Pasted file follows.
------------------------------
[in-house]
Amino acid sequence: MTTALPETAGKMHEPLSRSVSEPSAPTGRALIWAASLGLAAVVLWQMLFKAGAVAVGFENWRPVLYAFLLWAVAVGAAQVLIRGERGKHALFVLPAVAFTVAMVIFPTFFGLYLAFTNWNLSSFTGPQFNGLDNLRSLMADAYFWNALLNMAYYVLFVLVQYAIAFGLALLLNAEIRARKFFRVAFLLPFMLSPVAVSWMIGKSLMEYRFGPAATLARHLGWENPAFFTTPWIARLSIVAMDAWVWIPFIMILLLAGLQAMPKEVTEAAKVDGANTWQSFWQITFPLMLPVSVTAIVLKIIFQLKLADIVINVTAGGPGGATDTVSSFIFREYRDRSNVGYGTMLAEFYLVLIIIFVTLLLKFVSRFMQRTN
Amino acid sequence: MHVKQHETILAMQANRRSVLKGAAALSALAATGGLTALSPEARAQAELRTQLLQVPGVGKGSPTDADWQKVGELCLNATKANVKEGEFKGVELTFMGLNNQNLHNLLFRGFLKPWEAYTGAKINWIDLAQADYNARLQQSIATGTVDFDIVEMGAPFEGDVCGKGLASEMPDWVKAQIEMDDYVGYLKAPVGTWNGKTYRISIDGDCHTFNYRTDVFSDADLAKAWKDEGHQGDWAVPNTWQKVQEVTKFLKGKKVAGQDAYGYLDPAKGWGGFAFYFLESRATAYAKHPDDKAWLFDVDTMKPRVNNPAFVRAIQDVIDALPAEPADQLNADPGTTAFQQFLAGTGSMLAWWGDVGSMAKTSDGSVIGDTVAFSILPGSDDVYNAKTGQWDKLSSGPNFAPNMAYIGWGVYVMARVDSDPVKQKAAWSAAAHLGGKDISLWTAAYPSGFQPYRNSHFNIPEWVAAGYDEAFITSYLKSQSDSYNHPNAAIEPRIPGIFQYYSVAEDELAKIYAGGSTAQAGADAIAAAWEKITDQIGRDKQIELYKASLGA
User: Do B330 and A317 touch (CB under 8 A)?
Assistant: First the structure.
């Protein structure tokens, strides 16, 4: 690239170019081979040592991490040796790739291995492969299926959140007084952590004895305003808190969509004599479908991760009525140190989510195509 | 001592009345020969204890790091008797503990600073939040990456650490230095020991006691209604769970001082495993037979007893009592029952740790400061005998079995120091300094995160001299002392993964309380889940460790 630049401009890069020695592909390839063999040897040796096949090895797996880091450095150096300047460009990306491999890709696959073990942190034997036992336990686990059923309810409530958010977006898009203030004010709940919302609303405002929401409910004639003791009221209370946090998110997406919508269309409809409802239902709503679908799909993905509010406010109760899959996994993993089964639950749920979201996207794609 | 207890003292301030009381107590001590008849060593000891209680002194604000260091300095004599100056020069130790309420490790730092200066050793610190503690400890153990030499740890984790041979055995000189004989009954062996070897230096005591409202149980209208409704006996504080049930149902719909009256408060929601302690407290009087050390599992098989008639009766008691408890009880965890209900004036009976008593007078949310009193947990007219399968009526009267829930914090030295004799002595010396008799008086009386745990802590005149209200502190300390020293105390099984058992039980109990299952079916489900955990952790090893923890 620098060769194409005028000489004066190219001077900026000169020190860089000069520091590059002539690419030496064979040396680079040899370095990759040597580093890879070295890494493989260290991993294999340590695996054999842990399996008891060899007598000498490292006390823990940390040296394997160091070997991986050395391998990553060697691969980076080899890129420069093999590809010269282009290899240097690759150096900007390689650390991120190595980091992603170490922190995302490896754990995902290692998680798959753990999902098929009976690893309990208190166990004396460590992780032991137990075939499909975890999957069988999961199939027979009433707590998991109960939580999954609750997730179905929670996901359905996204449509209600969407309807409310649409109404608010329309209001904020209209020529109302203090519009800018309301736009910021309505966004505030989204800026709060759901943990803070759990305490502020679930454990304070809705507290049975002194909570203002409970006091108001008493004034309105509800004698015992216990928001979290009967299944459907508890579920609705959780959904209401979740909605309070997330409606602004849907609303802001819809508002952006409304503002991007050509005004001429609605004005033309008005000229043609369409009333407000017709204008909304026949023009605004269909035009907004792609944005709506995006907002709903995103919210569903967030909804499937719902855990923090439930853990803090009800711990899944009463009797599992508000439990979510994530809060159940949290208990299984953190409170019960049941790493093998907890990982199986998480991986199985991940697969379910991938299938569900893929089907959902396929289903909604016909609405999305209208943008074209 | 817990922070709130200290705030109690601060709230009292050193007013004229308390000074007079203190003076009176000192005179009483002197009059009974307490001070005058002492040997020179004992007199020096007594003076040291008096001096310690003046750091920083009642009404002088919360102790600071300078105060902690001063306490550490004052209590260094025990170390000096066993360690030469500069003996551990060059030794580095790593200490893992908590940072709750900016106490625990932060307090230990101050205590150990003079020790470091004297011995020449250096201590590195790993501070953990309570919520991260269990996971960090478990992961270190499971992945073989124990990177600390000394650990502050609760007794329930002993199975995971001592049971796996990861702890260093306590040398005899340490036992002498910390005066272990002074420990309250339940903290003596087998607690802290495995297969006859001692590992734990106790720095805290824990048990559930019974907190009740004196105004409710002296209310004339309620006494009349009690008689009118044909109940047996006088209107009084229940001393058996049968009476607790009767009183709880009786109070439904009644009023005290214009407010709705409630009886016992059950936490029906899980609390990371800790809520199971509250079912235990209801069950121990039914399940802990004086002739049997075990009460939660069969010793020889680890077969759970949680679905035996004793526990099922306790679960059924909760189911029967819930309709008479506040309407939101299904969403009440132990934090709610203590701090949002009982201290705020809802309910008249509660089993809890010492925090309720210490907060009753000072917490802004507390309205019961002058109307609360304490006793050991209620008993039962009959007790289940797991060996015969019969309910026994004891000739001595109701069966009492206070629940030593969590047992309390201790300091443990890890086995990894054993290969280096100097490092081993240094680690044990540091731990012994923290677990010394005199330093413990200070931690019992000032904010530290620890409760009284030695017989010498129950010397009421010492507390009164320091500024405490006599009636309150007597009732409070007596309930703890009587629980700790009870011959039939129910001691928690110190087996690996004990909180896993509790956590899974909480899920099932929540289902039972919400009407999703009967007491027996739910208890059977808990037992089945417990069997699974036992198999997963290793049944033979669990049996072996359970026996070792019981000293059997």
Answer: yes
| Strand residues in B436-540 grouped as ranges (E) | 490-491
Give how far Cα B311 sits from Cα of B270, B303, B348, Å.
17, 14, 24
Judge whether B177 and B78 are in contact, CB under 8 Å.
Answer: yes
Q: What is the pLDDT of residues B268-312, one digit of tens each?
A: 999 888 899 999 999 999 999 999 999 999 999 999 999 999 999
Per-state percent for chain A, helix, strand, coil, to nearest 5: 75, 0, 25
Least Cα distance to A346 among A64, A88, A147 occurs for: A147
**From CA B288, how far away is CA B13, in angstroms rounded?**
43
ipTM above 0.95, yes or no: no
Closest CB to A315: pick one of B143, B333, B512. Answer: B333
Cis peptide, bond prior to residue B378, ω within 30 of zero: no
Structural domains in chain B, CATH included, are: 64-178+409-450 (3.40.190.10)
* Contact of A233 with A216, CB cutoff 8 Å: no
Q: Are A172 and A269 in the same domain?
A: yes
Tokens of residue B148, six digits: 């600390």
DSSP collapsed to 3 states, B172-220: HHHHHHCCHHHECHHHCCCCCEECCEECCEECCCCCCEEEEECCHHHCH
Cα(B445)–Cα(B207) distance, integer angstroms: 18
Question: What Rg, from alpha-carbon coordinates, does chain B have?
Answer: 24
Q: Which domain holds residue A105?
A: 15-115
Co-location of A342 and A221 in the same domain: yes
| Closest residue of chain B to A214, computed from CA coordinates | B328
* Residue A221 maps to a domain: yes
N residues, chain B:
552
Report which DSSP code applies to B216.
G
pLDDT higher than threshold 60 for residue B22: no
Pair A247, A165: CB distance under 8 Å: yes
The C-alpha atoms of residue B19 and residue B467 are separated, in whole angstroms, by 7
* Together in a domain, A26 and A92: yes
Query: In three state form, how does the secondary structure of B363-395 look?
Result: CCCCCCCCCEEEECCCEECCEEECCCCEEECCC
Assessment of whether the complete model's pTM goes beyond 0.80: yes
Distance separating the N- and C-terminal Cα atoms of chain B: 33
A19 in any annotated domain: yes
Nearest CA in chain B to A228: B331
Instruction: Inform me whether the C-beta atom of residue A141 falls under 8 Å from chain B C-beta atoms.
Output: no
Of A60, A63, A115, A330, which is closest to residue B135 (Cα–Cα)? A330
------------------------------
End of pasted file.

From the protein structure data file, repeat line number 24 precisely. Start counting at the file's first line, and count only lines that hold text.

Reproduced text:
Q: Are A172 and A269 in the same domain?